Early in Tuesday’s crucial game against the Nuggets, Damian Lillard and Jusuf Nurkic ran a pick-and-roll. Lillard dished to Nurkic right as he barreled into the paint. Danilo Gallinari and Nikola Jokic collapsed on him, which was just fine with Nurkic. There was no nod toward subtlety, no feint at finesse. The 7-foot Blazers center bulldozed both of his former teammates, knocking Gallinari back a few feet in the process. Nurkic reached the rim, made the layup, and got fouled. Meyers Leonard and the guys at the end of the Blazers bench immediately leapt up and high-fived him. The crowd chanted his name. They do that a lot these days. Oh how they love Nurkic in Portland, and oh how he loves them.
“I told him [Monday night], ‘I think it’s gonna go real well for you,’” Lillard said after the game. “I feel like it’s written that way. It’s supposed to be that way. Right away, early, I saw some of the shots where he might get hit a little bit and it went in. And in my head I was like, ‘I was right about it. It’s gonna be his night.’”
And so it was. Nurkic spent the game trying to put a body on the entire Nuggets team, to the point where you half expected him to go muscle Mike Malone during timeouts. He had a double-double by early in the third quarter, and finished with a career-high 33 points, 16 rebounds, two assists, and three blocks. C.J. McCollum had a game-high 39 points. Lillard added 19 points. The rest of the team mustered only 31 points combined. It didn’t matter. Portland beat the Nuggets 122–113 at the Moda Center to move one game ahead of Denver for the last playoff spot in the Western Conference. The Blazers have scored 100 points or more in 16 of their past 20 games, and they’ve beaten the Nuggets 14 times in the past 16 regular-season meetings. Tuesday’s win also gave the Blazers a 3–1 edge in the season series against Denver, which means they control the playoff tiebreaker should it come to that.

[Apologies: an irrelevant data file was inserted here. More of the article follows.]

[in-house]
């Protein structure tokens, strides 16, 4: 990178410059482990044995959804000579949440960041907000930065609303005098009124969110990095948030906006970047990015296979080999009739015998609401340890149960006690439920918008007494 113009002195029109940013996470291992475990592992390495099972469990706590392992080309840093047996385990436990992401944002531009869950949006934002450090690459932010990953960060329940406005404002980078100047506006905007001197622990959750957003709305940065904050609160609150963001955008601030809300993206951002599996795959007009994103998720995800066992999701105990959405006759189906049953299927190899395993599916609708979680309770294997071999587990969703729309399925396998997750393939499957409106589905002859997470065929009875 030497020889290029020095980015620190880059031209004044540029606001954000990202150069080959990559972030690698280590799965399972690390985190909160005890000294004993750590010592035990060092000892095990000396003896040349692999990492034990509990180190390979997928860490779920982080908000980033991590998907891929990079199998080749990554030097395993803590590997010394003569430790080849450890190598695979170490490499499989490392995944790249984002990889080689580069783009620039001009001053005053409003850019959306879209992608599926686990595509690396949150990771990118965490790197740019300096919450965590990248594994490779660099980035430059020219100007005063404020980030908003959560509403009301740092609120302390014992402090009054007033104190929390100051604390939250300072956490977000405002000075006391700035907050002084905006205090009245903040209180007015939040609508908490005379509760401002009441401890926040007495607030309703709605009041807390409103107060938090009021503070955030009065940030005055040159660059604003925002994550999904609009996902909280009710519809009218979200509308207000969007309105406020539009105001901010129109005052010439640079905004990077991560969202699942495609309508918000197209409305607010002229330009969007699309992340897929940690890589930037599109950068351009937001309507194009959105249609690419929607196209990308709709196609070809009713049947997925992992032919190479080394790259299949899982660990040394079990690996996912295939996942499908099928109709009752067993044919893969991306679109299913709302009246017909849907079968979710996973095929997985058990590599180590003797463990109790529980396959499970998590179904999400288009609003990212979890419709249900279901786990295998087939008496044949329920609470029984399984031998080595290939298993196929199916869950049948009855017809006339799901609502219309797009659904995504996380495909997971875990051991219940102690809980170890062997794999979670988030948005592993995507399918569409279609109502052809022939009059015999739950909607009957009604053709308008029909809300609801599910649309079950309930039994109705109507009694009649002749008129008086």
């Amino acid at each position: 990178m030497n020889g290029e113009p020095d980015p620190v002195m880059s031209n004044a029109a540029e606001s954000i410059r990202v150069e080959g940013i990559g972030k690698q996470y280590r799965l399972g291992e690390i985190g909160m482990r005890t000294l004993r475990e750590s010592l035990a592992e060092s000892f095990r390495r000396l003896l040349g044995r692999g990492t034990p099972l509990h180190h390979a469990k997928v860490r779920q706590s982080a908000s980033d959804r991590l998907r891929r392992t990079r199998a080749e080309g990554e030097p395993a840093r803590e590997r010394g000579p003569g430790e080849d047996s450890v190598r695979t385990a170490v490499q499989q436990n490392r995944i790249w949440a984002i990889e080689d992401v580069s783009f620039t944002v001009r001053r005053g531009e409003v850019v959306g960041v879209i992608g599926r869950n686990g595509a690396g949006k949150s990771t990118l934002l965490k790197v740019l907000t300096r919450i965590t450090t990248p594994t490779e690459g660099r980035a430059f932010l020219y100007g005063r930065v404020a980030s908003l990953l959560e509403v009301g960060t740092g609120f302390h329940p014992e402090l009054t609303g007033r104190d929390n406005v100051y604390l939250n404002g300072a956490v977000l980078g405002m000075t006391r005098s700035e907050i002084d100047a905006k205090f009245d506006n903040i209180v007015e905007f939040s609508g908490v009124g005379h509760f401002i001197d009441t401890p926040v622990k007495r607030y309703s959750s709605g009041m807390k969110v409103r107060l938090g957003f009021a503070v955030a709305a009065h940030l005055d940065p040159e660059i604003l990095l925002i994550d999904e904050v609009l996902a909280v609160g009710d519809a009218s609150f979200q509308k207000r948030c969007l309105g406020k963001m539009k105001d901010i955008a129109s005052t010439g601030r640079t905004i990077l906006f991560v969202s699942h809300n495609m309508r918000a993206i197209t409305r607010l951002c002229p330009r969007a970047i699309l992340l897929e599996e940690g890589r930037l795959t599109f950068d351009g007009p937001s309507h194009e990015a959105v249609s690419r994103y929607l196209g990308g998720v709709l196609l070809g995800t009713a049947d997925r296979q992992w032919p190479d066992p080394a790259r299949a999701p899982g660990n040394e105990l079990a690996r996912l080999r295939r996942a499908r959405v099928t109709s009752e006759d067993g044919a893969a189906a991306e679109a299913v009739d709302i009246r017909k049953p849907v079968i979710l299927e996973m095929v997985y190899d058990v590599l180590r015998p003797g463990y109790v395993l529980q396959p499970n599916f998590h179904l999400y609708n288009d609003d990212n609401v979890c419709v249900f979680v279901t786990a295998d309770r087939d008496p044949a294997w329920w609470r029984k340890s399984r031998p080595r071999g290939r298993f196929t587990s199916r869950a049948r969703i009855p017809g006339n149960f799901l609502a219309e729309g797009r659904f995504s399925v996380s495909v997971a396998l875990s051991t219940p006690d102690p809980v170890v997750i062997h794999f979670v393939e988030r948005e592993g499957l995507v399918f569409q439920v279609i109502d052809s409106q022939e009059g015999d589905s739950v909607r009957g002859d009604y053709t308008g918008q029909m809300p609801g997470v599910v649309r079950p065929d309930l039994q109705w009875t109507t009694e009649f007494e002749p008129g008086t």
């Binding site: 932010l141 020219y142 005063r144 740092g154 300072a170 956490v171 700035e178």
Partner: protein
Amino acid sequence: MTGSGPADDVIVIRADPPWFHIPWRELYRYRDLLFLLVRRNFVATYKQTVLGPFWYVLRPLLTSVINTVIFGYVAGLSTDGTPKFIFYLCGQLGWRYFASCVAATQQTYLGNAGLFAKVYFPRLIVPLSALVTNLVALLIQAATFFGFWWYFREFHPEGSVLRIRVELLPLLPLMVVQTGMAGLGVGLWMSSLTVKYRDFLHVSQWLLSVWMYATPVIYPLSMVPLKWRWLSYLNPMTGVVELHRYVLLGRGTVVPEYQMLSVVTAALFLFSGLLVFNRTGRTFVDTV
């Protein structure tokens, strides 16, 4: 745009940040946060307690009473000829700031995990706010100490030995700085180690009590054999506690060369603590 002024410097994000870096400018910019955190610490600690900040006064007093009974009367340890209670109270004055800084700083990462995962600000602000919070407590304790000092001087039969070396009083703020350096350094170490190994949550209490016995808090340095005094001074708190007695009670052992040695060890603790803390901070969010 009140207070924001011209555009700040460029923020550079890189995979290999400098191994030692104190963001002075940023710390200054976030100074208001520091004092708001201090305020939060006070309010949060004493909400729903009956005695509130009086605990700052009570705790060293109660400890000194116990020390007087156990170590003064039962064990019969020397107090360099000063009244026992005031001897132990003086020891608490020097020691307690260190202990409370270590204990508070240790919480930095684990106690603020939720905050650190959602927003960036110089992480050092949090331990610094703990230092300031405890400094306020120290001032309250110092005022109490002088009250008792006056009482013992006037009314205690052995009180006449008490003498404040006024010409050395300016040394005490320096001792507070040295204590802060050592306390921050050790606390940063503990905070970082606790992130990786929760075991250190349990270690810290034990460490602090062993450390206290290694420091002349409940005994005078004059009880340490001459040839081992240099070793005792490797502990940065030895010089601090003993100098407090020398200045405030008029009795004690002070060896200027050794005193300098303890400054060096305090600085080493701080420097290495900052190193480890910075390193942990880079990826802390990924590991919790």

Life couldn’t be much better right now for the Blazers and Nurkic. When he came out of the game late in the fourth quarter, Nurkic’s current teammates mobbed him and the crowd gave him a much-deserved standing ovation. Afterward, Jameer Nelson, Kenneth Faried, and a host of Nuggets hugged it out with their old pal. It was a real after-school-special kind of moment, though it didn’t prevent Nurkic from throwing a little shade Denver’s way.
In the on-court postgame interview, he said he knew the Blazers would be a playoff team from the moment he was traded to Portland in February. Then Nurkic dunked on the Nuggets one last time.
“I wish those guys a happy summer,” he said.
Raise your hand if you thought Portland would battle Denver for the final Western Conference playoff spot. (No one should have a hand up. If you have a hand up, kindly put it down in the interest of honesty.)